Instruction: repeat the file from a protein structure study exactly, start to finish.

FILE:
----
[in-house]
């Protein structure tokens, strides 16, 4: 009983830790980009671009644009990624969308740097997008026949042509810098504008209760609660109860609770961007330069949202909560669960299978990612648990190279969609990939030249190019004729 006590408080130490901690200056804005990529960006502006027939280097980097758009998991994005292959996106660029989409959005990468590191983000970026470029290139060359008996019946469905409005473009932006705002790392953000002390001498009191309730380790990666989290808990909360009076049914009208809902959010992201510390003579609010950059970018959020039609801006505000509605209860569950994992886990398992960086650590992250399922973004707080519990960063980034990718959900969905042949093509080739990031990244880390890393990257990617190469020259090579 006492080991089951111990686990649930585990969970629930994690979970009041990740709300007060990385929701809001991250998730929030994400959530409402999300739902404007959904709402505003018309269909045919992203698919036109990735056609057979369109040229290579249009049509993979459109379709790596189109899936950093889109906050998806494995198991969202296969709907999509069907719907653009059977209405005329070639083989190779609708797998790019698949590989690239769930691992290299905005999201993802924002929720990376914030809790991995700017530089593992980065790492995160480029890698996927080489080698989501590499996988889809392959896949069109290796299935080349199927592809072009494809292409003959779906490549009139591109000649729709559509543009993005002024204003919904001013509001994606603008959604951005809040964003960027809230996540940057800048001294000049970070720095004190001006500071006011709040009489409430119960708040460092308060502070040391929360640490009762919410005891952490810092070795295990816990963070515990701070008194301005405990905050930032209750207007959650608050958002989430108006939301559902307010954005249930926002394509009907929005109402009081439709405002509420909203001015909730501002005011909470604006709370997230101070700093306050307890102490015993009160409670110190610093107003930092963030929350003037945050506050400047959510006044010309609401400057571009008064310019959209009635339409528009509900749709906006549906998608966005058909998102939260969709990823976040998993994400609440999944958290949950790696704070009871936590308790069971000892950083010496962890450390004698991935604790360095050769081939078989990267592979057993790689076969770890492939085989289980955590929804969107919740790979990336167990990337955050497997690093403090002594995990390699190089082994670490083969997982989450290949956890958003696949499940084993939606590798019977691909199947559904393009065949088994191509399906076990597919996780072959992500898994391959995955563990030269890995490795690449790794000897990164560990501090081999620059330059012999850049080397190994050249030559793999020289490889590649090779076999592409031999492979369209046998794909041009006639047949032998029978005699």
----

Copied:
[in-house]
């Protein structure tokens, strides 16, 4: 009983830790980009671009644009990624969308740097997008026949042509810098504008209760609660109860609770961007330069949202909560669960299978990612648990190279969609990939030249190019004729 006590408080130490901690200056804005990529960006502006027939280097980097758009998991994005292959996106660029989409959005990468590191983000970026470029290139060359008996019946469905409005473009932006705002790392953000002390001498009191309730380790990666989290808990909360009076049914009208809902959010992201510390003579609010950059970018959020039609801006505000509605209860569950994992886990398992960086650590992250399922973004707080519990960063980034990718959900969905042949093509080739990031990244880390890393990257990617190469020259090579 006492080991089951111990686990649930585990969970629930994690979970009041990740709300007060990385929701809001991250998730929030994400959530409402999300739902404007959904709402505003018309269909045919992203698919036109990735056609057979369109040229290579249009049509993979459109379709790596189109899936950093889109906050998806494995198991969202296969709907999509069907719907653009059977209405005329070639083989190779609708797998790019698949590989690239769930691992290299905005999201993802924002929720990376914030809790991995700017530089593992980065790492995160480029890698996927080489080698989501590499996988889809392959896949069109290796299935080349199927592809072009494809292409003959779906490549009139591109000649729709559509543009993005002024204003919904001013509001994606603008959604951005809040964003960027809230996540940057800048001294000049970070720095004190001006500071006011709040009489409430119960708040460092308060502070040391929360640490009762919410005891952490810092070795295990816990963070515990701070008194301005405990905050930032209750207007959650608050958002989430108006939301559902307010954005249930926002394509009907929005109402009081439709405002509420909203001015909730501002005011909470604006709370997230101070700093306050307890102490015993009160409670110190610093107003930092963030929350003037945050506050400047959510006044010309609401400057571009008064310019959209009635339409528009509900749709906006549906998608966005058909998102939260969709990823976040998993994400609440999944958290949950790696704070009871936590308790069971000892950083010496962890450390004698991935604790360095050769081939078989990267592979057993790689076969770890492939085989289980955590929804969107919740790979990336167990990337955050497997690093403090002594995990390699190089082994670490083969997982989450290949956890958003696949499940084993939606590798019977691909199947559904393009065949088994191509399906076990597919996780072959992500898994391959995955563990030269890995490795690449790794000897990164560990501090081999620059330059012999850049080397190994050249030559793999020289490889590649090779076999592409031999492979369209046998794909041009006639047949032998029978005699």